photo basel is Switzerland’s first and only international art fair dedicated to photography-based art, bringing together galleries from around the world in a unique, authentic setting. Sven Eisenhut, Founding Director, discusses the power and craft of images in the contemporary climate, as well as the developing vision for younger generations.
A: This year you have separated the fair into main, tape/basel and not-for-profit. What do you think is the relevance of these different sections, and how has this changed the types of work on display?
SE: We are a boutique art fair. We try to bring the best of what is happening today in the photography world to our collectors and guests. We also think that it is a great advantage to be able to showcase developments in the world of the lens-based medium. With tape/basel we want to showcase a small selection of time based media.
We try to get the broadest selection of what happens today in the photography world, and this of course includes moving images. The not-for-profit section is very important for us. We showcase nominees from the VFG Nachwuchsförderpreis (Young Artist’s Prize for Photography), a highly respected annual award that is produced by VFG (association of creative photographers), Switzerland. The program is designed to showcase new talents within Switzerland. We’re also working with the School of Arts and Design of Basel (HGK/FHNW) to platform a series of works for an emerging artist called Anastasia Chaguidouline. It is very important for us to feature art schools and young artists, as they give an extraordinary peek into what the young generation is up to today and what will eventually transform into the “real art world.”
When you speak of photography nowadays, the moving image is an inherent part of most of the new generation’s art practice. It is easier for visitors to get an overview; we are a boutique fair, people instantly know what attracts and what appeals to them. Moving image is another lens-based art form and we have been approached by other galleries over the course of the last year, so we’re figured there was a strong need.
A: How do you think that the introduction of moving image and artists’ films is integral to the changing mode of photography and film?
SE: It is a lens-based medium that we see as an extended version of photography. And this year we’re introducing it with nine artists. The most prominent one amongst them might be the piece The Earth Who Fell to Man by Mika Taanila who recently represented the Nordic Pavilion at the Venice Biennale 2017. The famous quote by Jean-Luc Godard, “the cinema is truth 24 times per second,” is still pertinent today.
A: How does the not-for-profit section aim to promote the work of emerging artists from Switzerland – what does this bring in terms of new ideas and innovative practices?
SE: Since the very beginning we have fostered a really close dialogue with art schools so that the young generation can gain some valuable experience.
A: What are some of the main themes that have emerged in this year’s works? Are there any geopolitical or social topics that have come to the foreground?
SE: What we have discovered this year are many emerging young talents such as Tania Franco Klein, Julia Baier, Sebastian Riemer, Patrick Willocq or Reine Paradis. We do see political works by Fabio Bucchiarelli and Halim Al-Karim. More and more artists emphasize the uniqueness of the medium such as Stacey Steers, Deborah Oropallo, Paolo Ventura, Iris Hutegger, Aflred Drago Rens, just to name a few. And naturally we have some powerful works from household names such as Roger Ballen from Galerija Fotografija, Slovenia and Nan Goldin and Wynn Bullock from Fabian & Claude Walter Galerie, Switzerland.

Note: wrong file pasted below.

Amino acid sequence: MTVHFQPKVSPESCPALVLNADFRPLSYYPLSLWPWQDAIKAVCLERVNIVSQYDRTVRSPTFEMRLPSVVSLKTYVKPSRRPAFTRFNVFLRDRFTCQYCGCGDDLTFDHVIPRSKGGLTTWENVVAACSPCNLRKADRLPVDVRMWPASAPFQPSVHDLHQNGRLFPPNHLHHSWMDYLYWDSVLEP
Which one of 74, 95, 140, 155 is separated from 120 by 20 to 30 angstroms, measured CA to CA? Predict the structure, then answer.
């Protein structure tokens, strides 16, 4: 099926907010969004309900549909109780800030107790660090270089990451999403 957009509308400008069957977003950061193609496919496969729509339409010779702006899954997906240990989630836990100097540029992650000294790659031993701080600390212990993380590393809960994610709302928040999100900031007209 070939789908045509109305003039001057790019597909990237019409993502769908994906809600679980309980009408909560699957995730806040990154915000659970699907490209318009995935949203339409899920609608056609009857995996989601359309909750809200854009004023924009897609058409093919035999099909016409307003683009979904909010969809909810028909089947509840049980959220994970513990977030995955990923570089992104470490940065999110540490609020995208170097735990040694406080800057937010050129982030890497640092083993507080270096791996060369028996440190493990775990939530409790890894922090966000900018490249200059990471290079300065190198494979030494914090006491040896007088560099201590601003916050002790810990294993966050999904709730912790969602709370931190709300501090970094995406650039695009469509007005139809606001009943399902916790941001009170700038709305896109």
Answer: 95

A: What can we expect from new galleries, such as Catharine Clark, Springer and Mariane Ibrahim?
SE: I would say we can expect extremely strong work by both younger and more established artists who work with more political subject matters. Mariane Ibrahim Gallery will be presenting the fabulous work of Fabrice Monteiro and Galerie Springer from Berlin will show an amazing selection of new works by Edward Burtynsky and Catharine Clark is bringing works by Stacey Steers to both tape / basel and photo basel itself.
A: How does the fair create dialogues internationally, and to the wider art community?
SE: We are constantly travelling to festivals and fairs. We like to be out there, scouting artists ourselves which will then lead us to the galleries. That is how we managed to get a contingency of 16 countries and five continents, ranging from Hong Kong to Peru. We are linked to art fairs around the world because that is where we find inspiration, meet new people and encounter new works.
A: Why do you think that fairs of this kind are so important within the industry, and what do you have planned for future years?
SE: We are dedicated to one medium, and are showcasing a highly sophisticated selection of galleries combining museum artists and emerging talents. For us, size matters in both respects: the smaller we remain, the more dedicated we can be. We have many plans in the pipeline which are extremely exciting and I’ll be able to share with you soon hopefully.
photo basel runs 14-18 June at Volkshaus Basel. For more information: www.photo-basel.com.
Reine Paradis’s Jungle features in the June / July issue of Aesthetica. For more information or to pick up a copy: www.aestheticamagazine.com/shop